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High-resolution in vivo diffusion tensor imaging of the injured cat spinal cord using self-navigated, interleaved, variable-density spiral acquisition (SNAILS-DTI).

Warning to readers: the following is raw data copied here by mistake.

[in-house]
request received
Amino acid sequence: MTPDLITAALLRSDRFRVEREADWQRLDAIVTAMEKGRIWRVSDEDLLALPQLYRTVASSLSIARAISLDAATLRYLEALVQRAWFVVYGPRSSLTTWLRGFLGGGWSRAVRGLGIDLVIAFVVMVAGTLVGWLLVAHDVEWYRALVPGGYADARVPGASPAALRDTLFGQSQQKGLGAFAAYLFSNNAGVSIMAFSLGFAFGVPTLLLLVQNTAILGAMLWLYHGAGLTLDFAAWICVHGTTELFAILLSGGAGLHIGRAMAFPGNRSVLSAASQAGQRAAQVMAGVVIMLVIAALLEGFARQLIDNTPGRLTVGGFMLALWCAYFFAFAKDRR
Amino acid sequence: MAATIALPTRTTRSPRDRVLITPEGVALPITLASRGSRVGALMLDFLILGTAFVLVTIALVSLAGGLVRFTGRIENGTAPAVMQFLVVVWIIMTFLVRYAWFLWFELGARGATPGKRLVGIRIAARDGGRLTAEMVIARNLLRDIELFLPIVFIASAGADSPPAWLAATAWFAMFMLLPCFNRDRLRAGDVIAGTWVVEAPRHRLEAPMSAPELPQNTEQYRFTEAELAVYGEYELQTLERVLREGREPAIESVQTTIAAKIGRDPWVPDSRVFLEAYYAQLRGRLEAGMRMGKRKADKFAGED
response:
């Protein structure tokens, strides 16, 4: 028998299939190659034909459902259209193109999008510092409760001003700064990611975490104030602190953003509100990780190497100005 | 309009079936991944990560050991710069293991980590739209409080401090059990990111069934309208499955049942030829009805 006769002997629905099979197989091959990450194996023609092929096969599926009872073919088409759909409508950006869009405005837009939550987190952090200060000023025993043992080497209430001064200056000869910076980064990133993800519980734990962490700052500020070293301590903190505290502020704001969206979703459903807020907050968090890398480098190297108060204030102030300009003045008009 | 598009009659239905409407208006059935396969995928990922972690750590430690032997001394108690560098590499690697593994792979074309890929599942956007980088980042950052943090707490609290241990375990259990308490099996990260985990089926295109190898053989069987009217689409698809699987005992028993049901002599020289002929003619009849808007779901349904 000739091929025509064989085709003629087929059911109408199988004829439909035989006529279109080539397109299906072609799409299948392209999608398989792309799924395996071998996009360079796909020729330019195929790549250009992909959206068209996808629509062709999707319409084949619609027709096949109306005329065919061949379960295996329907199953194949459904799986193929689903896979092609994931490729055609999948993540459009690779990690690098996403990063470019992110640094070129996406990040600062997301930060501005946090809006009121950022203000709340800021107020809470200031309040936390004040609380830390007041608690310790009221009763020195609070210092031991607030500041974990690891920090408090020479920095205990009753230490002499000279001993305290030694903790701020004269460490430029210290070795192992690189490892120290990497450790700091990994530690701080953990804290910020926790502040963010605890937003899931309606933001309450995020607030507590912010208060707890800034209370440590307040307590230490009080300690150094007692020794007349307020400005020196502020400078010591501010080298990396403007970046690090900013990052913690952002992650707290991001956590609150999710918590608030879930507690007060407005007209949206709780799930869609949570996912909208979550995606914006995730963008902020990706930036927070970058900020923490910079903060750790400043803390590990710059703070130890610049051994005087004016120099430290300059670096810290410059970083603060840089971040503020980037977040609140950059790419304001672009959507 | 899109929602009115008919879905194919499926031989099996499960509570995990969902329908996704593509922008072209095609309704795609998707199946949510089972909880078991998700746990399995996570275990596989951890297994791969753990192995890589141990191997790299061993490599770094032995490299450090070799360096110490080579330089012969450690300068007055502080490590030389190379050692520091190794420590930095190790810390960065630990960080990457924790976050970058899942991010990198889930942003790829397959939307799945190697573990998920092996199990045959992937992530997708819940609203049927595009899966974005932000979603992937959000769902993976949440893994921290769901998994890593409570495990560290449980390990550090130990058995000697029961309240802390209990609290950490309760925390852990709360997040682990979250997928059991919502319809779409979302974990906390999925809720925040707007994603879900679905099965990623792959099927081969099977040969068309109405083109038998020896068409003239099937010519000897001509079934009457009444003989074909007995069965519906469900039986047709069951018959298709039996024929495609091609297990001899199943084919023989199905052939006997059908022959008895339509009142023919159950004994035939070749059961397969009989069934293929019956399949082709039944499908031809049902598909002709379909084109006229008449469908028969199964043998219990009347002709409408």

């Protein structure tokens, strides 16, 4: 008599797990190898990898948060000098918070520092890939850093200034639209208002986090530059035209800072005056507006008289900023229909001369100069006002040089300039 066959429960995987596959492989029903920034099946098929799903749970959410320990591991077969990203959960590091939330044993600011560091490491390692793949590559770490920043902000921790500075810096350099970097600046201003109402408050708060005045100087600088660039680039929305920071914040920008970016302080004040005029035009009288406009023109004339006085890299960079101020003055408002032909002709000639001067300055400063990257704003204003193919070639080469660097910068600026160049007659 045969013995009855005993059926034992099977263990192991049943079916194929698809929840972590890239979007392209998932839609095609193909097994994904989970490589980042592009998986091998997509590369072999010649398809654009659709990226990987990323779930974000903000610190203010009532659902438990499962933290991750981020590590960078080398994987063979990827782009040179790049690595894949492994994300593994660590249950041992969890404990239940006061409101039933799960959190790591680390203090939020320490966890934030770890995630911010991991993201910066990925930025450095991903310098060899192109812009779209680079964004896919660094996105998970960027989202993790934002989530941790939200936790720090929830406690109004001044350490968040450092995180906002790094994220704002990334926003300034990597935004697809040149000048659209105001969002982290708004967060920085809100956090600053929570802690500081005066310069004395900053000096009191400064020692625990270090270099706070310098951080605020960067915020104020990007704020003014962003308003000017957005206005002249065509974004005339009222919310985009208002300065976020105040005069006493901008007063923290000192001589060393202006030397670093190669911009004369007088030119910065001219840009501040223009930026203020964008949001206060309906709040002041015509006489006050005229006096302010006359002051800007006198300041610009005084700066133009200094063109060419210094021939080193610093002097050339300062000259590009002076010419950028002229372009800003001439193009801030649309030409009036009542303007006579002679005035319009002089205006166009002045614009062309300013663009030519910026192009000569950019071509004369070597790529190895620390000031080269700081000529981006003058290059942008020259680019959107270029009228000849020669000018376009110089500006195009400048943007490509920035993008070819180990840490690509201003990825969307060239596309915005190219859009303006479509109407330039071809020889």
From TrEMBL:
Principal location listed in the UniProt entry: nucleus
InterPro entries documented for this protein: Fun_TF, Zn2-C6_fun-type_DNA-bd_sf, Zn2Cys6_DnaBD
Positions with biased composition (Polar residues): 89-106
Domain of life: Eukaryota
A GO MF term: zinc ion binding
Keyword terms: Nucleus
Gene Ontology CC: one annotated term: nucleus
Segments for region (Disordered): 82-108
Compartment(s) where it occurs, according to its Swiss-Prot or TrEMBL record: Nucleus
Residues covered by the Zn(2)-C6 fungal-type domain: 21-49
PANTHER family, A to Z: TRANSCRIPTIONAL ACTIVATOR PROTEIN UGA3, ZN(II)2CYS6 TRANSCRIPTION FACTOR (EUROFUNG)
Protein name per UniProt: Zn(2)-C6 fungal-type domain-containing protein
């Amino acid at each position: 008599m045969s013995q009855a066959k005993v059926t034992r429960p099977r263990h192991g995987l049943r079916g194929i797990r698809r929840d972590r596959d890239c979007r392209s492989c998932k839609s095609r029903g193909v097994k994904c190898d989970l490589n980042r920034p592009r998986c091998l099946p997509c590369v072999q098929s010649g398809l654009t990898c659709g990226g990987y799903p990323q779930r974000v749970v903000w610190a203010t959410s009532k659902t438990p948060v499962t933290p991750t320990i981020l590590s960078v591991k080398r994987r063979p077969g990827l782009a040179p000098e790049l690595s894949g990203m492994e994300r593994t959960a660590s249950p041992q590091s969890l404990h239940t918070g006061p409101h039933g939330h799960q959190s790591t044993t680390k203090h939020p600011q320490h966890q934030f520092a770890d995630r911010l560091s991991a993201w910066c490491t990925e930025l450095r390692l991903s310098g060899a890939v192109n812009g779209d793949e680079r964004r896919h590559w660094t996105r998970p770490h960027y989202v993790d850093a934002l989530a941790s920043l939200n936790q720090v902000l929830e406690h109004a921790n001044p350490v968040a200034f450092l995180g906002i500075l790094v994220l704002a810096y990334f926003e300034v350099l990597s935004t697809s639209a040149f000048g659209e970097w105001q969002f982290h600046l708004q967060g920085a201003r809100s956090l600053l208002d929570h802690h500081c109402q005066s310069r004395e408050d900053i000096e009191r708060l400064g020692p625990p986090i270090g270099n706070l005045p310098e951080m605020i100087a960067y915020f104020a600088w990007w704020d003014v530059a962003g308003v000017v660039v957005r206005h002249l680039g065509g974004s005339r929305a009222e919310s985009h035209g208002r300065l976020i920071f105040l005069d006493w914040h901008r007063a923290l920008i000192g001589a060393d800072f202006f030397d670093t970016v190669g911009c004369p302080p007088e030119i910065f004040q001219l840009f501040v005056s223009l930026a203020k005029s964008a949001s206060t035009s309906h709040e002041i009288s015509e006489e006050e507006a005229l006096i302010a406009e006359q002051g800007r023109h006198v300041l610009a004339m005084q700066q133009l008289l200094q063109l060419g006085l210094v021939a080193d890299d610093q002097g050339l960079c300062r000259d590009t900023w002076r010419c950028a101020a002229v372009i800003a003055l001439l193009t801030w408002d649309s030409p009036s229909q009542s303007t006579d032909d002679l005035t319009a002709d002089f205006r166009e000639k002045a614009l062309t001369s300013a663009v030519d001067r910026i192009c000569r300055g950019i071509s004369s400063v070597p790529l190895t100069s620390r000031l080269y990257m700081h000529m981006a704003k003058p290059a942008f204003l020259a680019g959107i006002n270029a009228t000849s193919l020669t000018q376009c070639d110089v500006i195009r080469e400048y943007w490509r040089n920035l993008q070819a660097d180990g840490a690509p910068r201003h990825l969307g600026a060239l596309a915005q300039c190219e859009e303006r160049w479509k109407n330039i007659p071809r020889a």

Diffusion tensor magnetic resonance imaging (DTI) is useful for studying the microstructural changes in the spinal cord following traumatic injury; however, image quality is generally poor due to the small size of the spinal cord, physiological motion and susceptibility artifacts. Self-navigated, interleaved, variable-density spiral diffusion tensor imaging (SNAILS-DTI) is a distinctive pulse sequence that bypasses many of the challenges associated with DTI of the spinal cord, particularly if imaging gradient hardware is of conventional quality. In the current study, we have demonstrated the feasibility of implementing SNAILS-DTI on a clinical 3.0-T MR scanner and examined the effect of navigator filter parameters on image quality and reconstruction time. Results demonstrate high-quality, high-resolution (546 μm×546 μm) in vivo DTI images of the cat spinal cord after traumatic spinal cord injury.

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